Bell, Buttler bring consolation win

England

Batsman Ian Bell's patient half-century, wicketkeeper-batsman Jos Buttler's inventive blitz and three key wickets from spinner James Tredwell carried England to a tidy 34-run victory over New Zealand in Wednesday's third and final ODI in Nottingham.

Batsman Ian Bell's patient half-century, wicketkeeper-batsman Jos Buttler's inventive blitz and three key wickets from spinner James Tredwell carried England to a tidy 34-run victory over New Zealand in Wednesday's third and final ODI in Nottingham.

With the series already gone, the best England could do here to restore some self-belief before the start of their Champions Trophy campaign against Australia on Saturday was to avoid a first home whitewash in this format since 2006.

Their struggle to 211 for five after 46 overs, Bell top-scoring with 82, gave them anything but obvious prospects of doing so.

But after Buttler's unbeaten 47 from just 16 balls and Eoin Morgan's 49 had turned that into 287 for six, they held on to the winning momentum.

New Zealand raced to 69 for one in the 10th over of their reply, and Ross Taylor (71) kept Kiwi hopes alive until he was ninth out in the 43rd over – brilliantly caught, principally by Steven Finn who ferried an attempt at a third successive six off Tredwell (three for 51) safely away from the boundary rope and into the hands of Tim Bresnan.

Stuart Broad had broken a hectic opening stand when Luke Ronchi mistimed a pull to mid-on. But it was Tredwell's breakthrough – with the precious wicket of Martin Guptill, after more than 350 ODI runs against England this year without previously being dismissed – which began the consolidation of Buttler's outstanding performance.

The England wicketkeeper-batsman's power and invention, in a sequence of 6-4-4-4-0-4 off Kyle Mills, provided the catalyst for a stand of 62 with Morgan in only 22 balls which changed the complexion of the match.

Mitchell McClenaghan, previously so successful in stifling England, was sufficiently rattled to produce a 10-ball over including two wides and two no-balls.

Buttler did not spare Tim Southee either, and had he managed his fourth six from the final ball of the innings, he would have recorded the fastest 50 in ODI history.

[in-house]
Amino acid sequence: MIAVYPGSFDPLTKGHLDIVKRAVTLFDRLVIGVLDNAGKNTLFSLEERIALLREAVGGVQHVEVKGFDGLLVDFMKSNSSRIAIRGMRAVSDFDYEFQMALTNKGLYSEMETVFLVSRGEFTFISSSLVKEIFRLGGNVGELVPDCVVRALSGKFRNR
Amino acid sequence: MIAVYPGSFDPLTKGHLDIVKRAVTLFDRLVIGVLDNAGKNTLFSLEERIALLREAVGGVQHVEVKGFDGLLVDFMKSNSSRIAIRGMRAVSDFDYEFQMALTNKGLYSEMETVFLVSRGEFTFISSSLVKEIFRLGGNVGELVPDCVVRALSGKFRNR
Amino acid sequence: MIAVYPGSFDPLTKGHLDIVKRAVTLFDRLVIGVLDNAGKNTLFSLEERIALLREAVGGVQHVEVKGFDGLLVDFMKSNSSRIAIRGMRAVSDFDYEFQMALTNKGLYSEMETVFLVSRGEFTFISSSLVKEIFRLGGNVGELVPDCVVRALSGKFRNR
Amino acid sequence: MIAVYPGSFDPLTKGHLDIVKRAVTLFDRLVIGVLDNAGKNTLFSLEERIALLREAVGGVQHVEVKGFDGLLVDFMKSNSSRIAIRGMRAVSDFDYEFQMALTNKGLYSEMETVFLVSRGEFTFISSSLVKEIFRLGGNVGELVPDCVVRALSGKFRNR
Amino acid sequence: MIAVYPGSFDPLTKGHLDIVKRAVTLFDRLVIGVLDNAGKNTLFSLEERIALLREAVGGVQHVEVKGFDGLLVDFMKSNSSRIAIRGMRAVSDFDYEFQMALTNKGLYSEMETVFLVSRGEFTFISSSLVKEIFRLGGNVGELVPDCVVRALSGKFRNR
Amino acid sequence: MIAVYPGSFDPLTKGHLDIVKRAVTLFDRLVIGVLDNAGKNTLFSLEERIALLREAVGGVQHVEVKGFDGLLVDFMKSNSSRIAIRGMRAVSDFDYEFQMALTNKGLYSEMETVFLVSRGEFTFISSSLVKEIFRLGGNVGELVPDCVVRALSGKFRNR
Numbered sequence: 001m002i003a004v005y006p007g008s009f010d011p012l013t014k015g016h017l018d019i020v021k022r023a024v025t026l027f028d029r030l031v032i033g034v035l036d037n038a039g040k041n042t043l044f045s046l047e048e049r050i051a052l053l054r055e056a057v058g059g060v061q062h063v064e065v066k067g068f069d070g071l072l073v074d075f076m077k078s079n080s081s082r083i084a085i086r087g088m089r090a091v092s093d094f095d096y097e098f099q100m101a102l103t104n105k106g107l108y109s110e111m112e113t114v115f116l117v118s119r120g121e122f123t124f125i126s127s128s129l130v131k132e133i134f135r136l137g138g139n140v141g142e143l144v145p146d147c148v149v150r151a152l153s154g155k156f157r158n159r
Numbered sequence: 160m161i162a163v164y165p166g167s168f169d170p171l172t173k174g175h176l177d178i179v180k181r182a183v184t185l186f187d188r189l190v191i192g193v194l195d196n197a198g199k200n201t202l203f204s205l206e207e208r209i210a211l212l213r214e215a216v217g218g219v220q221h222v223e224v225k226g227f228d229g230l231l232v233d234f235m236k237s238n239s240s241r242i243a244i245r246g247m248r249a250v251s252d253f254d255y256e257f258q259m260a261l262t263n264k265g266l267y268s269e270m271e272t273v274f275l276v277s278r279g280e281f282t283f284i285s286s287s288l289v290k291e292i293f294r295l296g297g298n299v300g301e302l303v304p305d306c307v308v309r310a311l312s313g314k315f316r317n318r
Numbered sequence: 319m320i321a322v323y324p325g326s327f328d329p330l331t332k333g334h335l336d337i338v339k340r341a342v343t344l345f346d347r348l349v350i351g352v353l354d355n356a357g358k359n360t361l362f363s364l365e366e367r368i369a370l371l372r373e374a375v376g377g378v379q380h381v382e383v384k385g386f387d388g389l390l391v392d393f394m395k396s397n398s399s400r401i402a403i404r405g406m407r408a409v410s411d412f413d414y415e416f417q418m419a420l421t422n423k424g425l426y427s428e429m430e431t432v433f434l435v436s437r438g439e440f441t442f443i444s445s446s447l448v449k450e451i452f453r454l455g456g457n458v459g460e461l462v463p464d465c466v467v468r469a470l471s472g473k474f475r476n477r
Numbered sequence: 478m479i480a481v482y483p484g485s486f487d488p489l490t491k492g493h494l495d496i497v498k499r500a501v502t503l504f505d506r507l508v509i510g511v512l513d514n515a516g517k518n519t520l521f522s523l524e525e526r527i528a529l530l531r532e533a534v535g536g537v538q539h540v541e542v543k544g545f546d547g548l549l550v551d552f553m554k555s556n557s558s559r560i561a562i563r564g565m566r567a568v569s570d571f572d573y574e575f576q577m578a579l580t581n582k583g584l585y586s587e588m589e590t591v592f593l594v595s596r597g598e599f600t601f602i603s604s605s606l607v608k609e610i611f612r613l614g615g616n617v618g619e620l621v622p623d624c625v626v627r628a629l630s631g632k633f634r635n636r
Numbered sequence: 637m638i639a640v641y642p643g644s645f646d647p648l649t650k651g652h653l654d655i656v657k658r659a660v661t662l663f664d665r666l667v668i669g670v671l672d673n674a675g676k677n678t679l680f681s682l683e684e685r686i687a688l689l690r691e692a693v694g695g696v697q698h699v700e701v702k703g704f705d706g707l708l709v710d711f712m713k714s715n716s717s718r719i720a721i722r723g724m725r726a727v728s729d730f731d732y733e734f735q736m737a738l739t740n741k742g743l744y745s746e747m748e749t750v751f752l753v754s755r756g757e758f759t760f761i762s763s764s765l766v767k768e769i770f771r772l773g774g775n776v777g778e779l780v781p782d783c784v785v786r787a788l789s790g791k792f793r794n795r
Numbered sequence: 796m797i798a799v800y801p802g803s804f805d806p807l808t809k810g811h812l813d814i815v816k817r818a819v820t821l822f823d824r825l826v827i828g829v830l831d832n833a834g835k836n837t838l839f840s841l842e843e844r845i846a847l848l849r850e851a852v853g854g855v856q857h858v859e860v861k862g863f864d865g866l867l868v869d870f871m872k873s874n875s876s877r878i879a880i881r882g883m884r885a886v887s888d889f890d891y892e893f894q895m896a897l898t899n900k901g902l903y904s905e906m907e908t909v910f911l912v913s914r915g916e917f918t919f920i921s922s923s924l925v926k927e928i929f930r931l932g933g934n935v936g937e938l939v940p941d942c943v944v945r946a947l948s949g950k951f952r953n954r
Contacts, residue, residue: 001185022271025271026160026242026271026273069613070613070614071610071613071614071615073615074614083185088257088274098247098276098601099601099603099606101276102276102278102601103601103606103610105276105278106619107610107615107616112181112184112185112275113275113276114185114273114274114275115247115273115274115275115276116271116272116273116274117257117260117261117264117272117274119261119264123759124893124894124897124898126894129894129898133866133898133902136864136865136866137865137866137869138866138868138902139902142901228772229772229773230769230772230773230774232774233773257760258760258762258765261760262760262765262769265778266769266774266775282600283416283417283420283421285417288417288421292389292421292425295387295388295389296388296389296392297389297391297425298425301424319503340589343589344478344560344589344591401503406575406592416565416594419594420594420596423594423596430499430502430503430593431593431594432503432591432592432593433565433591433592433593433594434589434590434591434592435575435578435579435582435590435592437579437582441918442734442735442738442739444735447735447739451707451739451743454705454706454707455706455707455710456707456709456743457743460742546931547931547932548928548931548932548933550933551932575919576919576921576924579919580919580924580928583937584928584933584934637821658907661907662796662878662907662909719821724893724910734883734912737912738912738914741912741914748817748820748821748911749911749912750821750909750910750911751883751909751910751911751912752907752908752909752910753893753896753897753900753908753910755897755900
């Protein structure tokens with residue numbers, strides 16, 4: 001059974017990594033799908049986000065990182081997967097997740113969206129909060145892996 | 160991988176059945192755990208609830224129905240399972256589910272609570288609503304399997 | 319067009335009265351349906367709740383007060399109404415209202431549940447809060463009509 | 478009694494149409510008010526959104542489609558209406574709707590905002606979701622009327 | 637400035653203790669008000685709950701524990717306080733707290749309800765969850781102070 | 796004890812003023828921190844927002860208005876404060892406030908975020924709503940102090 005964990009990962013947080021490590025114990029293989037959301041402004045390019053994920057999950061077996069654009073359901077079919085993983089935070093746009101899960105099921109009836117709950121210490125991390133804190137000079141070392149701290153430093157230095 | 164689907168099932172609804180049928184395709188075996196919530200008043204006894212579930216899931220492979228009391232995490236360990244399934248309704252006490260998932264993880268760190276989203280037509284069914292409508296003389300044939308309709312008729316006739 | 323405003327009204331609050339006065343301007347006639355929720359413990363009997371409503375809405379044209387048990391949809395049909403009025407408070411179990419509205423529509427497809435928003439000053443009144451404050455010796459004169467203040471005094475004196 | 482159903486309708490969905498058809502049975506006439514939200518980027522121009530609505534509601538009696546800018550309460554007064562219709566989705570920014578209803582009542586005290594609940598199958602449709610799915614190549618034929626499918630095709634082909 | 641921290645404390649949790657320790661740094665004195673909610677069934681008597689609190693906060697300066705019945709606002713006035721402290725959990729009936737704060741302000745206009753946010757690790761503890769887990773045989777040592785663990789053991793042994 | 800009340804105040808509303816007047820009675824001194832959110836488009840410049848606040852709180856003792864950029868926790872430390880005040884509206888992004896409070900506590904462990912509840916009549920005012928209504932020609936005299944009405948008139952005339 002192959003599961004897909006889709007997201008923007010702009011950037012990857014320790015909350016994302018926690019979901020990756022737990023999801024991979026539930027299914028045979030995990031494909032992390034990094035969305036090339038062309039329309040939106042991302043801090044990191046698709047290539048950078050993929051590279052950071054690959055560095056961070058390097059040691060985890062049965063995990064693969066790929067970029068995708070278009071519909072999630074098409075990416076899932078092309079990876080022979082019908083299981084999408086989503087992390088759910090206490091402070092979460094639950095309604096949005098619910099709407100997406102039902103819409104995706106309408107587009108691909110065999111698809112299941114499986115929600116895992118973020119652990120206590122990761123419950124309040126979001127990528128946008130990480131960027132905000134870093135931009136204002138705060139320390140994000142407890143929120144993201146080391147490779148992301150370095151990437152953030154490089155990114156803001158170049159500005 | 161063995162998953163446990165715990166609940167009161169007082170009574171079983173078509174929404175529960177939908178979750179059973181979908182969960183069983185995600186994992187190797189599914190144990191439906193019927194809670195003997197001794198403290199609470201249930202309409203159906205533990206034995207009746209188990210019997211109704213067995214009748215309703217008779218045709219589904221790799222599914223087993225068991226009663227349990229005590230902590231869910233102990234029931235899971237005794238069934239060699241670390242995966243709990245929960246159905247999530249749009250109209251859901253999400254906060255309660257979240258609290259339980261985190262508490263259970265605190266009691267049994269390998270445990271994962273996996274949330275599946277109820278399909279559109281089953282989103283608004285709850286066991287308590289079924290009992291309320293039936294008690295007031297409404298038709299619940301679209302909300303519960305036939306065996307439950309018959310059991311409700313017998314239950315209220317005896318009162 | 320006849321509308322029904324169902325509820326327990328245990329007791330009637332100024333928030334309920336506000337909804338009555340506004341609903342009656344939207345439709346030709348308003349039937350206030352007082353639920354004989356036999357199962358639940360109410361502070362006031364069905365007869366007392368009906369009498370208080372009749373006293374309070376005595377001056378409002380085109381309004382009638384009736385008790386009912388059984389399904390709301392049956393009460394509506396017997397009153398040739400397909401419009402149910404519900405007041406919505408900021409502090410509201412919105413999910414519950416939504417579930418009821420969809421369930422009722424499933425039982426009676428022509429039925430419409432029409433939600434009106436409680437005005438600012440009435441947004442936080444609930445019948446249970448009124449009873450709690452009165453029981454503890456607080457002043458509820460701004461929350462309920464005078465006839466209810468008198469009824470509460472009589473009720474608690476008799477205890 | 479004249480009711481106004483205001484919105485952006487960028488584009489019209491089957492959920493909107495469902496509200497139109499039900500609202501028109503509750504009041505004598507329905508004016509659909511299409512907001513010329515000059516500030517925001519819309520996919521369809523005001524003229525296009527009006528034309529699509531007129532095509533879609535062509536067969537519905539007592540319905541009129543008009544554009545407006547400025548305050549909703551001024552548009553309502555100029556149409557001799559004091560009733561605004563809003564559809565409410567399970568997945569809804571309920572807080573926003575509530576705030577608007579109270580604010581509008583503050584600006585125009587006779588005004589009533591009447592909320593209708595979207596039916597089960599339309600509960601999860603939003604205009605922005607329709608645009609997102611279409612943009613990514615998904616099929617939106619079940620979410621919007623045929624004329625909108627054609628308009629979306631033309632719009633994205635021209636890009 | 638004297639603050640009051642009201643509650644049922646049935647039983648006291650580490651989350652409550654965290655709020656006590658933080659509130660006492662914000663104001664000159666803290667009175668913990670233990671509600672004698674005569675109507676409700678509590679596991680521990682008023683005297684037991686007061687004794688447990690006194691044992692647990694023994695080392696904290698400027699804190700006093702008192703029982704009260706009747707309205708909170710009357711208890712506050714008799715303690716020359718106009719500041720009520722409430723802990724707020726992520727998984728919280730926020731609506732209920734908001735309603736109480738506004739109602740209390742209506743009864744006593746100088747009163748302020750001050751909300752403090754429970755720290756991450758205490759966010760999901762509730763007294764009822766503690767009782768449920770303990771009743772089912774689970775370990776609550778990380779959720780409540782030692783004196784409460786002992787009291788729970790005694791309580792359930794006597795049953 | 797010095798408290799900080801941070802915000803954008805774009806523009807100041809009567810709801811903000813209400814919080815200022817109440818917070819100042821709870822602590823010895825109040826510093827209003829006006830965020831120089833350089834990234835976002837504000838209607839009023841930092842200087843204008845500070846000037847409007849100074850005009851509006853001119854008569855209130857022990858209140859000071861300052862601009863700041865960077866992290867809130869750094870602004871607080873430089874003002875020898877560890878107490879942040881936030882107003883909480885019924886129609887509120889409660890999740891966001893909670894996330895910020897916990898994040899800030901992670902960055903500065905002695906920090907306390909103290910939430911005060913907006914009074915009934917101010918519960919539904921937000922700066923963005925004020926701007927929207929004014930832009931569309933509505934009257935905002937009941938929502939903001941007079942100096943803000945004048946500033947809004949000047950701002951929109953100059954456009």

His innings was a startling contrast with what had gone before.

Following the early departure of Alastair Cook, Bell, Jonathan Trott and Joe Root appeared to favour risk management over any attempt to dominate.

Cook was gone for a duck in the third over, lbw on the back foot to McClenaghan (three for 54), after England had been put in under cloud cover and floodlights.

By the end of the sixth, the total was still just six for one as Bell and Trott struggled to find scoring opportunities.

Only gradually did they attune themselves in a safety-first stand of 66 in 94 balls.

The return of McClenaghan did for Trott, aiming one of his trademark clips to leg but lbw to a hint of inswing from the left-armer.

Bell then shared England's highest partnership of the series – 80 with Root – until the young Yorkshireman was run out in odd circumstances.

Non-striker Root himself partially intercepted Bell's straight drive and, after the ball ricocheted to mid-on, Guptill's wayward throw was still good enough, via a stretch from wicketkeeper Ronchi.

Bell had mixed much caution with some typically assured strokes and timing on his way past a 69-ball 50. But he was rightly furious with himself when he clubbed McClenaghan low to mid-off just when it seemed England needed him to underpin the rest of the innings.

Instead, Morgan and Ravi Bopara were thrown together without a run between them at the start of the mandatory powerplay.

They could not pierce the field for a boundary in the next five overs, but did gather 20 runs to kickstart the third of England's four half-century stands.

Bopara aimed a big hit at part-time off-spinner Kane Williamson but was caught at deep midwicket – and it turned out, thanks to Buttler, to have been absolutely the best thing he could have done.

The Kiwis faced a significant run chase after all and once Guptill was second out, a classic off-spin dismissal bowled through the gate by Tredwell, England were always favourites.

Cook surprisingly replaced Tredwell with Root, who should have had his first ODI wicket when Buttler missed an obvious stumping but almost immediately got Williamson anyway – lbw pulling.

Colin Munro was caught-behind off Bresnan first ball and Tredwell returned to have Brendon McCullum edging an attempted cut to Buttler.

At 111 for five, New Zealand's batting resources were already compromised, and although Taylor refused to give up, he could not quite take the contest to the wire as the tourists were eventually all out in 46.3 overs.

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